some children = unspecified children or a number of children

wolfbm1

Senior Member
Polish
Hello.

This picture shows a beautiful hill in Austria. Some children are running on the grass. Some of them are holding their hands.

Source: I was inspired by a similar text in "First Things First" by L. G. Alexander.
("This is a school building. It is beside a park. (...) Some children are coming out of the building. Some of them are going into the park.")

Does the word "some" in the expression "some children" mean:
1. random, unspecified children (the plural counterpart of the expression "a child"),
2. a number of children (several children, five or six children)
3. both 1 and 2,
4. either 1 or 2.

I think that the word "some" means "random, unspecified children." Am I right?

Thank you
 
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  • Loob

    Senior Member
    English UK
    i'd have thought it meant (2).

    Or maybe (1), the plural of "a child".

    I'm not sure I understand the difference, or why the difference is important....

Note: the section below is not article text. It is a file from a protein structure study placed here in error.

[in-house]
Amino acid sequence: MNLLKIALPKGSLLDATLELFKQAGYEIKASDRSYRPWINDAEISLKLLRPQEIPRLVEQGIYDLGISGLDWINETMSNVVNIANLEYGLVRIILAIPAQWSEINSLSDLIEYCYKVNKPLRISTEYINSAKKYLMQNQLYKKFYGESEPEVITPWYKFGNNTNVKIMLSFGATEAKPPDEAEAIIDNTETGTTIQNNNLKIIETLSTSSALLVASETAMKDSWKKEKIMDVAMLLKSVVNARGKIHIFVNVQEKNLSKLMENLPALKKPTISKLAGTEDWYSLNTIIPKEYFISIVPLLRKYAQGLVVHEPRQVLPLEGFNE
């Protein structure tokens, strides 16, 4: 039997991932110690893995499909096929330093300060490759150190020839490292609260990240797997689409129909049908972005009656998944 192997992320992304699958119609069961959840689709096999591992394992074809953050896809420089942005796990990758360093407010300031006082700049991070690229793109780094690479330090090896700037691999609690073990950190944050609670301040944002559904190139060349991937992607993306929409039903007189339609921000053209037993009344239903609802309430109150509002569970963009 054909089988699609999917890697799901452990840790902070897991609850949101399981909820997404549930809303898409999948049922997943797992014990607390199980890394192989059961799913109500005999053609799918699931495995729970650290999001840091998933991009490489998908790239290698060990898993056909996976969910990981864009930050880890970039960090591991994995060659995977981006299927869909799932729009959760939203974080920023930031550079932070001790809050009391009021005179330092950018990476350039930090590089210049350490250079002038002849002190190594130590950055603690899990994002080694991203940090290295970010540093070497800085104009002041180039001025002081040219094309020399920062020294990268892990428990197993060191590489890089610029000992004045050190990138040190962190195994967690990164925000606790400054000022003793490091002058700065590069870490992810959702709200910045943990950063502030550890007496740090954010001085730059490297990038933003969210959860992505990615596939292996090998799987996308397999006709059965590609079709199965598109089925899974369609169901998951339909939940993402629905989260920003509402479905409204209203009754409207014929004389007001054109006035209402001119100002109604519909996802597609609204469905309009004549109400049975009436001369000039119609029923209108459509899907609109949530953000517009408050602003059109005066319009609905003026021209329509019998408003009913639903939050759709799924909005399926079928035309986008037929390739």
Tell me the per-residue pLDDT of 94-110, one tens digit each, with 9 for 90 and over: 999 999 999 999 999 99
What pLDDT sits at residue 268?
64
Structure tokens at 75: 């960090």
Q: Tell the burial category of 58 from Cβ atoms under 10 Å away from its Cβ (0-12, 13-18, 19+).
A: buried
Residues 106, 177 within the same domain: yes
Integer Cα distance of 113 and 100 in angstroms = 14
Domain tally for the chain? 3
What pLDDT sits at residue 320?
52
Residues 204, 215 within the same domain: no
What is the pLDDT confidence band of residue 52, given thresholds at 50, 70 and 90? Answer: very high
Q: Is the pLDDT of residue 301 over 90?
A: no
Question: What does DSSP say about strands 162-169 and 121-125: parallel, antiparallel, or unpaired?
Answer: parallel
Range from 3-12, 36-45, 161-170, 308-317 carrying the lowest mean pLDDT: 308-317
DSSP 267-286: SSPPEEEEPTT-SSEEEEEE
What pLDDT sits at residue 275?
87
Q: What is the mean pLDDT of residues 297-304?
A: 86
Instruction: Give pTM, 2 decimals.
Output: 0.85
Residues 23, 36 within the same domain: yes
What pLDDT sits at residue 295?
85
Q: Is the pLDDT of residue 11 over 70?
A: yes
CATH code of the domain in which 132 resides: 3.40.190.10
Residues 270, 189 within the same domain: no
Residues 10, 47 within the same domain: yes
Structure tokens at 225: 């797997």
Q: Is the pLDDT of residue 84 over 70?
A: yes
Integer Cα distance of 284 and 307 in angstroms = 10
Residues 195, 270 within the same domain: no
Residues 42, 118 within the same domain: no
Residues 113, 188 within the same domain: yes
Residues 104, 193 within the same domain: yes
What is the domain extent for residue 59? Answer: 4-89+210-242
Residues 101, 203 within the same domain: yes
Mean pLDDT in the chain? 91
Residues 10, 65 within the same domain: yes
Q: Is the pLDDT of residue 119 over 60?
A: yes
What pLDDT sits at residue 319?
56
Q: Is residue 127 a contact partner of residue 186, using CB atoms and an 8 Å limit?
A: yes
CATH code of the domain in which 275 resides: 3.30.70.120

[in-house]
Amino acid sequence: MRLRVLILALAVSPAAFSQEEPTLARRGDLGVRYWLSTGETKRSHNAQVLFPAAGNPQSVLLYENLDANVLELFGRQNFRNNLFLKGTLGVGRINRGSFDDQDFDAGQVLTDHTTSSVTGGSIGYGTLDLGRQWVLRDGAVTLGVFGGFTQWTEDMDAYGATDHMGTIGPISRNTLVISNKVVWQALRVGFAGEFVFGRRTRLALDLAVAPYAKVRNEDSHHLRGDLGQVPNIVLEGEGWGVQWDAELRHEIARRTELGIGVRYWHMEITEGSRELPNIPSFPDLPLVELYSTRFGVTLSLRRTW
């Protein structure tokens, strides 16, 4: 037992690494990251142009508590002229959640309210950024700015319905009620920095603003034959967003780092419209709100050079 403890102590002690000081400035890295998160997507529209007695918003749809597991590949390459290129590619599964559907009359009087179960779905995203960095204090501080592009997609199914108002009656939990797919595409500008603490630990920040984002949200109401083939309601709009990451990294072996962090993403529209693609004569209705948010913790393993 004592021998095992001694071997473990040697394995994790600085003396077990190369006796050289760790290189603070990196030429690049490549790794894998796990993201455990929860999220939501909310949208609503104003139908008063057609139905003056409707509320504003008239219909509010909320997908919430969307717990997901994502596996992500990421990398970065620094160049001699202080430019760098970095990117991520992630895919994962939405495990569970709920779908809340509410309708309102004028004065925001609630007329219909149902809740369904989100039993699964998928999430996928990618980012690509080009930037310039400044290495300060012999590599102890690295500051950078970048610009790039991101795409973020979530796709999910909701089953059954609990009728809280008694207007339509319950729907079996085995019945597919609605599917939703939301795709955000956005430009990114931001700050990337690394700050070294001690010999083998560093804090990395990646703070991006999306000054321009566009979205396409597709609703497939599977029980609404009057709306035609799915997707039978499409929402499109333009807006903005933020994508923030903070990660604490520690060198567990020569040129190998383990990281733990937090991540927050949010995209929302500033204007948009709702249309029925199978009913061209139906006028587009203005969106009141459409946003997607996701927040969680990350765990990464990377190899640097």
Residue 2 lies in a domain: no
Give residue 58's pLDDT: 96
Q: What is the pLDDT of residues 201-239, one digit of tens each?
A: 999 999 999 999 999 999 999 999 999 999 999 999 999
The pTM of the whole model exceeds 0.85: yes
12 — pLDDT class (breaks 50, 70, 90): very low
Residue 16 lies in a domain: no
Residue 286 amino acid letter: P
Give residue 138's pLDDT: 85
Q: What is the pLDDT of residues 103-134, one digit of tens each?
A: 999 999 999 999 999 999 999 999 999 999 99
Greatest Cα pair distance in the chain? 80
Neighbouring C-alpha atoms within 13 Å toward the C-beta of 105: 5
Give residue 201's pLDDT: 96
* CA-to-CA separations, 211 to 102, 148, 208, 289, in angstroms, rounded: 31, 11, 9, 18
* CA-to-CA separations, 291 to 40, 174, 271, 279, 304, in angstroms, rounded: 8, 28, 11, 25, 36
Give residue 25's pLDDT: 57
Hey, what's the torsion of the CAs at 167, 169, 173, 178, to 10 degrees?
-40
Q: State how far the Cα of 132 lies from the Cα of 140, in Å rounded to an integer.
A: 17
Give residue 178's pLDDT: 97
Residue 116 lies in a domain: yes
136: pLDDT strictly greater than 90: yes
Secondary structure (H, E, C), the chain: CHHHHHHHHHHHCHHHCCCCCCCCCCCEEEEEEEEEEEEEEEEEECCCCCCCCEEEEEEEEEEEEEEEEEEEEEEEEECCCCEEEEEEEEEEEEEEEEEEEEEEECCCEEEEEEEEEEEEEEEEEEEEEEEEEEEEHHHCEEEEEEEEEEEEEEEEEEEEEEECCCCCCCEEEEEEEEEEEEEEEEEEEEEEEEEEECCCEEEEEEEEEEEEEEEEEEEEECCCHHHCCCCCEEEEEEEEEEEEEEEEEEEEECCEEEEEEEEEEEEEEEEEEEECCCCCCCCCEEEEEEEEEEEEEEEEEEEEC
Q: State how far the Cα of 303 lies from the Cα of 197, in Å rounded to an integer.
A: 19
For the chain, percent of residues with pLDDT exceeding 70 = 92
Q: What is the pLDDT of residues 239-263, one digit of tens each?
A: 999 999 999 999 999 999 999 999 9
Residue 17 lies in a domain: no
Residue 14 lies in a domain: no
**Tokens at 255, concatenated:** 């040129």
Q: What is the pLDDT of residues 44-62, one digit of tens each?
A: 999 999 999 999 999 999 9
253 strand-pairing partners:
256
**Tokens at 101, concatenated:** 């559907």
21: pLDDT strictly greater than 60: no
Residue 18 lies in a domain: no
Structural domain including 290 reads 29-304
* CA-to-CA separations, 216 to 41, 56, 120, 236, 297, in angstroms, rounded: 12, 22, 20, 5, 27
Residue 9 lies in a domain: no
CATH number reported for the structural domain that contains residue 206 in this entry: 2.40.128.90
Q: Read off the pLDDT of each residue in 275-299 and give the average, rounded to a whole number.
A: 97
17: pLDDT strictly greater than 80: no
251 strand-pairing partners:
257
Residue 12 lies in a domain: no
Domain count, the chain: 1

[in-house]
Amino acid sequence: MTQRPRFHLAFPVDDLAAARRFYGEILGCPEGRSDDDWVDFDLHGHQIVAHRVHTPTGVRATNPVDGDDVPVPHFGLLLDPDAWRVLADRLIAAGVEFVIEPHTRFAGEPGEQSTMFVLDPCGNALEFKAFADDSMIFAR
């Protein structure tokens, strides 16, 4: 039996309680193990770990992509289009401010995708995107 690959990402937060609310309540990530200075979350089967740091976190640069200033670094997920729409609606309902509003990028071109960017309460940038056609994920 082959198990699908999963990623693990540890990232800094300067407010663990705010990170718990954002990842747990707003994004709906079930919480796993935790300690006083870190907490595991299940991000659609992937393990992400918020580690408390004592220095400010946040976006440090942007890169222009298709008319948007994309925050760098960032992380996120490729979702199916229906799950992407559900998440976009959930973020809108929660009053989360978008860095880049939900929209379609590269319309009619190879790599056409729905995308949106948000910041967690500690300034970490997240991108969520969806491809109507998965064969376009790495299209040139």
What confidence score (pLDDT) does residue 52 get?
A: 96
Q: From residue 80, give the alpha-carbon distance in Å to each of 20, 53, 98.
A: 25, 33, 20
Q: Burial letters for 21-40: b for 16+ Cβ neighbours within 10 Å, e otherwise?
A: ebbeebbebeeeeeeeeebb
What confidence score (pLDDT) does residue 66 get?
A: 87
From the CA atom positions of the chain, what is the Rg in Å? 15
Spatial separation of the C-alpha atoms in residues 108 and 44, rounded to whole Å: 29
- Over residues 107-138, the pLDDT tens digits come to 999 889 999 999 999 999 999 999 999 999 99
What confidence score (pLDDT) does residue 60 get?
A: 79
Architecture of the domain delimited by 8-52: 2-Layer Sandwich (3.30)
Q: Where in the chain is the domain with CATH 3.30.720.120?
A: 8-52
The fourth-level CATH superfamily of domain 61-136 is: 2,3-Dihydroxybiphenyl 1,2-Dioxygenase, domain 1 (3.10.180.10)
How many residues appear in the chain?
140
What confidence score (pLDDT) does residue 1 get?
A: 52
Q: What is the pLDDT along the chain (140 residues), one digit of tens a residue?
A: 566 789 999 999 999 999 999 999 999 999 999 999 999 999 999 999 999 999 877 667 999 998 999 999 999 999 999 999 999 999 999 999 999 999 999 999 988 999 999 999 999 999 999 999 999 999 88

e2efour

    Senior Member
    UK English
    It means a few children. Their number is unspecified.
    I don't understand what you mean by random, unspecified children. Does it mean we don't know what colour they are? Does random mean that they act in a strange way?
     

    Oddmania

    Senior Member
    French
    I think it could be either.

    Note that, if the meaning intended was the first one you described, it would be the plural of "some child", not "a child".

    Some (random / unspecified) child is running on the grass.
    Some (random / unspecified) children are running the grass.

    A child is running on the grass.

    Some [several] children are running on the grass.
     

    wolfbm1

    Senior Member
    Polish
    i'd have thought it meant (2).

    Or maybe (1), the plural of "a child".

    I'm not sure I understand the difference, or why the difference is important....
    It might be important for a detective.

    In #1 a witness wants to say that they did not know the children at all.
    In # 2 a witness wants to say that there were four, five or six children.
     
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    wolfbm1

    Senior Member
    Polish
    I think it could be either.

    Note that, if the meaning intended was the first one you described, it would be the plural of "some child", not "a child".

    Some (random / unspecified) child is running on the grass.
    Some (random / unspecified) children are running the grass.

    A child is running on the grass.

    Some [several] children are running on the grass.
    Thank you, Oddmania. I think I know what you mean.
     
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